As I said, egalitarian. Thinking like that doesn’t come naturally.
There are people out there that know that they know better than you or I. That think that they ARE better than you. Better than me. Better than all of us unwashed swine reading our populist trash.
“Populist trash” does say it all, doesn’t it? The opiate of the masses. Those things we use to distract us from the pathetic meanness of our little lives. The things we read that are barely one step up from TV.
Do I really need to say more?
Categories do serve a purpose… in the exact same way stereotypes do. They allow us to make surface judgments about something without taking the time to THINK, or take a risk and spend some time to find out more for ourselves.
Oh look, a republican, a democrat, a conservative, a liberal, a green energy wacko, an NRA gun nut, a blue collar worker, a politician, an executive, a banker, a high school dropout, a biker, a nerd, a geek, a goth, an emo, a jock, a stoner, a tofu-eating pillow-biting kool-aid drinking Obama supporter.
Labels. Stereotypes. A simple grouping of words meant to take the totality of all that a person is, and dismiss ALL of it in one shot. To dismiss THEM, make them irrelevant, their opinions, their dreams, their hopes and their goals, flush them all and cram them into a box.
It’s the same thing with books. You take a book, slap a “Science Fiction” label on it, and dismiss it. It’s just science fiction, after all. No actual thought went into it. Populist trash.
You think I’m overstating things?
Maybe I am at that.
But I’d like you to take a little time, and think about your own experiences in book stores or libraries.
Have you ever known you liked the writing of a particular author, and went looking for it, only to find it in not one, but multiple areas?
Take John Ringo for example. He wrote some books that were categorised as science fiction. So, they got slapped with the sci fi label and shoved into the sci fi library stacks.
But then he wrote some military adventure fiction. Not a single science fiction aspect to it at all.
You go looking for those books, and half the time you’ll find some are in the science fiction section, because he’s a “science fiction writer”. He was tagged and bagged, and so that’s where his books get shoved. Not all of them, clearly not everyone is with the program.
And that’s what makes it really stand out. It’s not consistent. It’s each book, or each author, getting judged and then dismissed.
Take another example, Dean Koontz.
When Dean Koontz books were first published, they were categorized as “Horror”. Stephen King, too. And Straub, and others.
Dean Koontz is a great example, though, because although his books all hold some element of the fantastic, the amazing, the supernatural, they are a far cry from “Horror”.
Suspenseful, sure. Surprising? Certainly. More fantasy or speculative or thoughtful, in my opinion.
But they’re also one other thing.
Almost all of his books culimate in inspirational endings, as in “leave you feeling good, with thoughts of a positive nature”.
Yes, there may be suspense, surprise and fear along the way, but I’m having a hard damn time thinking of a single Dean Koontz book that had an ‘unhappy’ ending.
Dragon Eyes was one of the most intense books in my opinion, with a truly terrifying opponent, but even that book was a triumph of compassion and order winning over chaos and evil.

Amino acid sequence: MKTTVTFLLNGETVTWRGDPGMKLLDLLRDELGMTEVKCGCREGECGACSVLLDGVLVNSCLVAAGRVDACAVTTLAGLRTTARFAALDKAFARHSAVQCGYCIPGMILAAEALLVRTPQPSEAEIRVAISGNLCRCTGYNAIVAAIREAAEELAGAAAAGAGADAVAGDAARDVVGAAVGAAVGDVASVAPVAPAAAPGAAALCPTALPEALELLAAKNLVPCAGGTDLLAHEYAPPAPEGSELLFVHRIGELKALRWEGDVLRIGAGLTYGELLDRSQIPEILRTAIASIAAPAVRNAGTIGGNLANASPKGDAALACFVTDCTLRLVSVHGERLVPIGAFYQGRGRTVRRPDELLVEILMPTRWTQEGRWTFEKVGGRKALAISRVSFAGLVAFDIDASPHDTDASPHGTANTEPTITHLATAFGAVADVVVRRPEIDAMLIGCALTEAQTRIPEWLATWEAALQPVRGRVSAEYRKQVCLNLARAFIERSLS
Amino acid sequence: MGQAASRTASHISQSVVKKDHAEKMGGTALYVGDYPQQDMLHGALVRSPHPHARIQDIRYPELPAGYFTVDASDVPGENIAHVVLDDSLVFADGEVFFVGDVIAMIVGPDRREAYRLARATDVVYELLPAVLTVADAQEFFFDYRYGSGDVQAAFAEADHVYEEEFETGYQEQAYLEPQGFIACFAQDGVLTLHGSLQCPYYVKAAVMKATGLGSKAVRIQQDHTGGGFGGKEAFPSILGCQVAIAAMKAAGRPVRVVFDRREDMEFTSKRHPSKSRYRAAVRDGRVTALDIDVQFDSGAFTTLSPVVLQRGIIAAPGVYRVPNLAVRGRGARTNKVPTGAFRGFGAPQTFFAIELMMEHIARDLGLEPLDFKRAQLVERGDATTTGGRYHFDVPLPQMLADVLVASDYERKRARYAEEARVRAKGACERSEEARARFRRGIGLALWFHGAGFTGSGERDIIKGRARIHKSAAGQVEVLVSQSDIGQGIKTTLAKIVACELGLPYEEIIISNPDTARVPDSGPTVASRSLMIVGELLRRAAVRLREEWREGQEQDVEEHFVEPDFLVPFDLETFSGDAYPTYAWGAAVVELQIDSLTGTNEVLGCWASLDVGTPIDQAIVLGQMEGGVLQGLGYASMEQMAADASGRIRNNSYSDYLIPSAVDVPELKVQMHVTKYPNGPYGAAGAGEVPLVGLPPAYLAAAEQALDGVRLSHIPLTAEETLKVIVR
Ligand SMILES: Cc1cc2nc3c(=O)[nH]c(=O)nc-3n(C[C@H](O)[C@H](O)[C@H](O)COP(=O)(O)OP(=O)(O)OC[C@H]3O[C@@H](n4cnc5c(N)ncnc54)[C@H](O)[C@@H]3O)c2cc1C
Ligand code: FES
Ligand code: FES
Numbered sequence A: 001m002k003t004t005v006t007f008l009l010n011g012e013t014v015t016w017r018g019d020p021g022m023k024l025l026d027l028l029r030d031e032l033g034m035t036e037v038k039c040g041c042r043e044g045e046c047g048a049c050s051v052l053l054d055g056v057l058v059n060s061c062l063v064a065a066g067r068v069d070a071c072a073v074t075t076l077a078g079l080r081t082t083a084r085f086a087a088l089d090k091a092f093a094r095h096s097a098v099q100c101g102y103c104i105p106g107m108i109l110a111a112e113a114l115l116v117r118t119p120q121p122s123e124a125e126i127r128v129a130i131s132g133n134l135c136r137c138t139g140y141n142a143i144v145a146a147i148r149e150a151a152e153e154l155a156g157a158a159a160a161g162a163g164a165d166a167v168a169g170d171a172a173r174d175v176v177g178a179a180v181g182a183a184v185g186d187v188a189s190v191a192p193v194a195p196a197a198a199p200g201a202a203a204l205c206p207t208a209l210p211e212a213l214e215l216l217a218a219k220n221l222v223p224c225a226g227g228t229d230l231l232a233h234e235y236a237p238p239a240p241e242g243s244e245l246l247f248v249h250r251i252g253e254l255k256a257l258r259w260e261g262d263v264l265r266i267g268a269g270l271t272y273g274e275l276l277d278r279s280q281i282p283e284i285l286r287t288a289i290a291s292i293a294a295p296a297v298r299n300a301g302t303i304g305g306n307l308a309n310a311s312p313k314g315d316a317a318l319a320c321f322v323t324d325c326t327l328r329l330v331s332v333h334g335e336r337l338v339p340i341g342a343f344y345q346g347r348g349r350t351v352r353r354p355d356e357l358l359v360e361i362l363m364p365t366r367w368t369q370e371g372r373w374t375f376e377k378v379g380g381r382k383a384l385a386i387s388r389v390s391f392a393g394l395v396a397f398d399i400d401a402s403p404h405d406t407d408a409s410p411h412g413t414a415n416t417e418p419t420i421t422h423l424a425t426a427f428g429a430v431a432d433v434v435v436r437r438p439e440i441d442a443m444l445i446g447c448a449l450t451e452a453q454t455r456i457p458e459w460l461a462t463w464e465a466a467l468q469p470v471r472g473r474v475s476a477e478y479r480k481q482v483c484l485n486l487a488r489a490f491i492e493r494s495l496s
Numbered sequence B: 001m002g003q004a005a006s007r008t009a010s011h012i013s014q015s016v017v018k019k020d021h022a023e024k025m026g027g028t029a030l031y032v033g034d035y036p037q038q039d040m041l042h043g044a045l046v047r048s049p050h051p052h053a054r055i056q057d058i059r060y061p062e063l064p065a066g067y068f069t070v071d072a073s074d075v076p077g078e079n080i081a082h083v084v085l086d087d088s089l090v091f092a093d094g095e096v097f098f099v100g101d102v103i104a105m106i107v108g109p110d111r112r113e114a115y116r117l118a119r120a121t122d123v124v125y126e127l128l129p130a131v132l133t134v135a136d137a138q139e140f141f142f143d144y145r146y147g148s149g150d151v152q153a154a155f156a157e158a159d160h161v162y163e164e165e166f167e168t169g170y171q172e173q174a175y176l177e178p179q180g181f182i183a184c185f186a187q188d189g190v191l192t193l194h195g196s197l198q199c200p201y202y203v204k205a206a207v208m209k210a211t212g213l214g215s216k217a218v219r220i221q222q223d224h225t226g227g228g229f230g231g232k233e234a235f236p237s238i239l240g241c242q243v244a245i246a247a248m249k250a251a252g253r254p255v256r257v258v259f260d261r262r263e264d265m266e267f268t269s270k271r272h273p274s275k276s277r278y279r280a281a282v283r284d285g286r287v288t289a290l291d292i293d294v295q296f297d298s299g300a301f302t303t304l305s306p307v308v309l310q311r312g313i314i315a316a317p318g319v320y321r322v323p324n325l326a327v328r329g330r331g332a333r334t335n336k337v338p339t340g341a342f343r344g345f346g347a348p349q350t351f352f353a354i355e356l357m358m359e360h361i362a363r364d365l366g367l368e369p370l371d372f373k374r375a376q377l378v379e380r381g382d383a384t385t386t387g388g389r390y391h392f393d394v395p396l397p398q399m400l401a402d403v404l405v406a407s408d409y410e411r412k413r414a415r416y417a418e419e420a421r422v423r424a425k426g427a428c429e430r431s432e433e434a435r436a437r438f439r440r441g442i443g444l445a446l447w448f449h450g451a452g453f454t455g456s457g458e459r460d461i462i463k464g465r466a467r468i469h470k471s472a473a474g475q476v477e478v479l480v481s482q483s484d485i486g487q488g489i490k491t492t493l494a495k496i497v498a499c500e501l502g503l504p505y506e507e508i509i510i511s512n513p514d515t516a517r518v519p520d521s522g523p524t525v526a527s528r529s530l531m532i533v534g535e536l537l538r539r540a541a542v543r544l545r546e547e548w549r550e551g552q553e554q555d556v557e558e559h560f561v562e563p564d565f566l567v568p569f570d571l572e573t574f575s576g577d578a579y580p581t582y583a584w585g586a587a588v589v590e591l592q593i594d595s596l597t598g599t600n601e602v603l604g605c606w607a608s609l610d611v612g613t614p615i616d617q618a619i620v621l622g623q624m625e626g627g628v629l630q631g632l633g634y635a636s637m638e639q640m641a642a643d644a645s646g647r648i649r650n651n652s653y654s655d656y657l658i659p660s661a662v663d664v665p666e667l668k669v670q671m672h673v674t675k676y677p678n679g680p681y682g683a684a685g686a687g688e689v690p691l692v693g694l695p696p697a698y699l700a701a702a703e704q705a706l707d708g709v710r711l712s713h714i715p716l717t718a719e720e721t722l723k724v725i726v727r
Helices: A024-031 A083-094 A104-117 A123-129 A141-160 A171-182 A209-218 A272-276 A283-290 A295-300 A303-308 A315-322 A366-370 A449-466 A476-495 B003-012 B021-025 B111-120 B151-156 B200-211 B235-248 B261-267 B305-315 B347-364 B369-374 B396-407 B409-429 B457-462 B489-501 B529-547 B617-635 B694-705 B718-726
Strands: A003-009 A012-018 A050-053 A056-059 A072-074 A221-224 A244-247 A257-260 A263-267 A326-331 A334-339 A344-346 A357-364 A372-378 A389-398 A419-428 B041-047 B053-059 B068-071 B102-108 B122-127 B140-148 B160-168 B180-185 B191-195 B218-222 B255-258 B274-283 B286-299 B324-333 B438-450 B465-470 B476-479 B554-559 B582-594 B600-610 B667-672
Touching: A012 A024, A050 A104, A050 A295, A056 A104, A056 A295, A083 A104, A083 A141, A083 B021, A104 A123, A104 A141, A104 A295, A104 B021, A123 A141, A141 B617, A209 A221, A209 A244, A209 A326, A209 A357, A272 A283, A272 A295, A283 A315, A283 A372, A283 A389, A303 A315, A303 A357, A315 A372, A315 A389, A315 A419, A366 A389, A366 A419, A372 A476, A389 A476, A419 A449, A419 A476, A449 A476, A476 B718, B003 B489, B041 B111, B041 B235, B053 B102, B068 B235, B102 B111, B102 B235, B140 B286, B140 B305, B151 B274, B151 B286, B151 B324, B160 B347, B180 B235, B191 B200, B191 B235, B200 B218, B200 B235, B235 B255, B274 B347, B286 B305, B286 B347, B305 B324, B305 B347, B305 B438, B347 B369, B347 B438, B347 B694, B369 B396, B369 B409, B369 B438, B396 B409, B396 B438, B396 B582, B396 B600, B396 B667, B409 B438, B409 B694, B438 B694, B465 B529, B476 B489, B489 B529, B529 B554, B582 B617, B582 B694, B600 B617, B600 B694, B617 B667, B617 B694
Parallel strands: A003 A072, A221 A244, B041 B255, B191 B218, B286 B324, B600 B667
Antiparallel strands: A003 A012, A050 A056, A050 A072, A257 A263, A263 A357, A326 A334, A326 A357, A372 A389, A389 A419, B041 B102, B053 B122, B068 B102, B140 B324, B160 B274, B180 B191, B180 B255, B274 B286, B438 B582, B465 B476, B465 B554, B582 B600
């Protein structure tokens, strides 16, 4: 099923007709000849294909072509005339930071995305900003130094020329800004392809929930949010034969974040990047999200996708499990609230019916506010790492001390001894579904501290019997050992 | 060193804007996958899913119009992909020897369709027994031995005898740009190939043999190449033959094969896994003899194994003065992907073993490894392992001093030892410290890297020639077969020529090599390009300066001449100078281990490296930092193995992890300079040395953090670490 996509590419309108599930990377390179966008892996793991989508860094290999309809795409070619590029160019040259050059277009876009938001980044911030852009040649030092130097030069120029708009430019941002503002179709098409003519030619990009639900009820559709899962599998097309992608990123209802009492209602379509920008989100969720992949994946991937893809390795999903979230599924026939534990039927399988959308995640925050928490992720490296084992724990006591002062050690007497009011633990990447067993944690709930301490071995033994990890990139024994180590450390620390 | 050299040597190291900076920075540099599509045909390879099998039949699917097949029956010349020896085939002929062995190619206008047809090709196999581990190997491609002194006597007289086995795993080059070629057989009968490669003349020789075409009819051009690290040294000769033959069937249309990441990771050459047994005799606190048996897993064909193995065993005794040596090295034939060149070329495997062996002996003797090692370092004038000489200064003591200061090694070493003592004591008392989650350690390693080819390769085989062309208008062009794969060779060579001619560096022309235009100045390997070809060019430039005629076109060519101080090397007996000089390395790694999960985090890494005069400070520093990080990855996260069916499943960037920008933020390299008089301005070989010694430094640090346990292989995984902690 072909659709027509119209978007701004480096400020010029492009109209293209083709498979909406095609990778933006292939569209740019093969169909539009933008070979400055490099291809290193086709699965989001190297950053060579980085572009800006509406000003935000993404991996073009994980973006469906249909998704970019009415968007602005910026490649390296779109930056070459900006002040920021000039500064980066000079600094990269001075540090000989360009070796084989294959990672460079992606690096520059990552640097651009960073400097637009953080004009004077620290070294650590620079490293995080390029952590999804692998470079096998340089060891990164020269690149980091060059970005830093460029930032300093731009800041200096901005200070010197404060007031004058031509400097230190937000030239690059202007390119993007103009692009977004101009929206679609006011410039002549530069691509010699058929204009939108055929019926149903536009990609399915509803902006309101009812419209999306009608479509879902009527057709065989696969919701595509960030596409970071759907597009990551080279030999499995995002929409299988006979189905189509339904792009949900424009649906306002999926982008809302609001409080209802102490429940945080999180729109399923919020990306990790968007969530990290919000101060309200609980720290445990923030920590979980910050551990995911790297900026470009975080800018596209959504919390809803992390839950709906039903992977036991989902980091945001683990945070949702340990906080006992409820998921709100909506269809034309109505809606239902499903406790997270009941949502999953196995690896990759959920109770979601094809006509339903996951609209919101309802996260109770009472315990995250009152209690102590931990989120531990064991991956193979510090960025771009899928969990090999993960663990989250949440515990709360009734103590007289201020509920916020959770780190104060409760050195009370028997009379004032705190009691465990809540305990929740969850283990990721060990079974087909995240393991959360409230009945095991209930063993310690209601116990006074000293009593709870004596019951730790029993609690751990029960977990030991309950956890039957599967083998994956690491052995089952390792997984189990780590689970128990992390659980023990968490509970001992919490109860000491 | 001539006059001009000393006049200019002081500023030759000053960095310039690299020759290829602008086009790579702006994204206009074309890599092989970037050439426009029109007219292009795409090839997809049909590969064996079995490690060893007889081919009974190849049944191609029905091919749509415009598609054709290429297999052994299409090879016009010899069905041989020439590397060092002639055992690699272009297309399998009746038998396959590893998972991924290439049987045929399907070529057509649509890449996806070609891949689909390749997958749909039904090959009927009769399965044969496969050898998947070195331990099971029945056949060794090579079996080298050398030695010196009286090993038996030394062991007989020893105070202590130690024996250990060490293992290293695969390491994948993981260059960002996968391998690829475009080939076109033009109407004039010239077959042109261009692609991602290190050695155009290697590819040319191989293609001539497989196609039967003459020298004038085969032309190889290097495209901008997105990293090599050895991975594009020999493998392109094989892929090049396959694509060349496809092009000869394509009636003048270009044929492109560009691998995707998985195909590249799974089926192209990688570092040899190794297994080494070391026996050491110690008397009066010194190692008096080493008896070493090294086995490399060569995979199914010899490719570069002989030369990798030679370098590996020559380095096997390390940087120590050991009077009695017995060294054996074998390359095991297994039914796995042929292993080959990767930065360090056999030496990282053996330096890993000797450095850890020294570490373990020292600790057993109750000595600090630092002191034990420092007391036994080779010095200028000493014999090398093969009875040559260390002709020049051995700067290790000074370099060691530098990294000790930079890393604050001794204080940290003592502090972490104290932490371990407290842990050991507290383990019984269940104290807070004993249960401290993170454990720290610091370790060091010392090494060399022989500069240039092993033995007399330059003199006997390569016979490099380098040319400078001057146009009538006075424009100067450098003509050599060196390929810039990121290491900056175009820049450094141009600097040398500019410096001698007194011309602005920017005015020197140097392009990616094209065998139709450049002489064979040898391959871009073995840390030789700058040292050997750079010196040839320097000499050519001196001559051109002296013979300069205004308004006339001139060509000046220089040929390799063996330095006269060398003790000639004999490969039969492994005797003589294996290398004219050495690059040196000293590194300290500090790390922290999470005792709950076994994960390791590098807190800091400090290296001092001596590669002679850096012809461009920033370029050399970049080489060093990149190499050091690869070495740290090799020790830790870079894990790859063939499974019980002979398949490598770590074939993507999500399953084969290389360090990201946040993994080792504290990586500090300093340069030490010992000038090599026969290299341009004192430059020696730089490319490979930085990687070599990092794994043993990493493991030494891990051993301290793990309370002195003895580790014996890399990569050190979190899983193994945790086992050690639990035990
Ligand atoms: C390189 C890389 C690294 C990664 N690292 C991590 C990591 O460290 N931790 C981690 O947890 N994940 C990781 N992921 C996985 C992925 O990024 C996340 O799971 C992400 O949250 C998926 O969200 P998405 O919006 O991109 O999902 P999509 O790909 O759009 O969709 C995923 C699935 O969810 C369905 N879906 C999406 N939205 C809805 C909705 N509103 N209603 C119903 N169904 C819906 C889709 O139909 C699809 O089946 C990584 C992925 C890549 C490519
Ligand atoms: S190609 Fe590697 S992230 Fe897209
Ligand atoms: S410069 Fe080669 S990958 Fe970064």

But you look in a library and see where Dean Koontz can be found. Some of it is in the fiction section, and some of it is still in horror, if there still IS a horror section. I think that the popularity of Stephen King actually helped to kill the Horror category over the last few decades.
It’s still there to be found, though. “Is my Raymond Chandler book in the mystery section, or the fiction section at this library? What did the judgmental folks decide here?”
Lee Child is another one. Adventure fiction, hugely enjoyable books. I’ve seen them both in fiction, and in mystery. Likewise with Ian Rankin.
Lawrence Block seems to be nailed down in the mystery section, although I’ll be damned if I can understand how his Matthew Scudder books are somehow less ‘fiction’ than Lee Child.
There is one other aspect to categories I swear I’ve noticed, and I really don’t know which came first, the chicken or the egg.
When I started reading books that were science fiction, the books were fiction first and foremost, and the science part meant they looked with keen analysis on the world we live in, and took serious looks at the underpinnings of everything.
A book could be considered science fiction if it was about exploring alternate, currently non-existing forms of government. Political science was enough science, when looked at speculatively, to be science fiction. It didn’t have to have rayguns and flying saucers.
Emotions, relationships, alien reproduction as a metaphor for human sexual mores and cultural attitudes, it was all fair game to be written about, and called science fiction.
It almost feels like, at some point writers began writing TO the stereotypes and categories.
As though the success of a series like “The Lord of the Rings” brought respectability, and that encouraged writers to follow in the same mold.
Or “Star Wars” and writers of science fiction.
To what degree does the existence of a category and a stereotype about that category encourage people to write FOR that category, trying to be included?
Do mystery authors try to write in a formulaic way so their book qualifies to be labeled a ‘mystery’?
I told you this was a cranky old man post. I have no wonderful new ideas.
Categories are here to stay. That war was lost before it ever started. Who chooses categories? Who judges books?
I’m sure things have rolled along to through the generation to the point that the original elitist snarks are long gone, and most people who are in the position to make those choices are in that field because they love it, love books, and would never think of having some secret, machiavellian plot in mind to marginalize the books they don’t like by sticking them safely in a category.
It’s just the way it’s done.
I do think about that kid I was, and wonder what my worldview and understanding of things would be like if I’d just been restricted to Judy Blume, the Hardy Boys/Nancy Drew mysteries, and Alfred Hitchcock and the Three Investigators.
Hmm, Alfred Hitchcock and the Three Investigators. Hell, I loved that series, come to think of it. I wonder if I can find that set for Alex to read someday?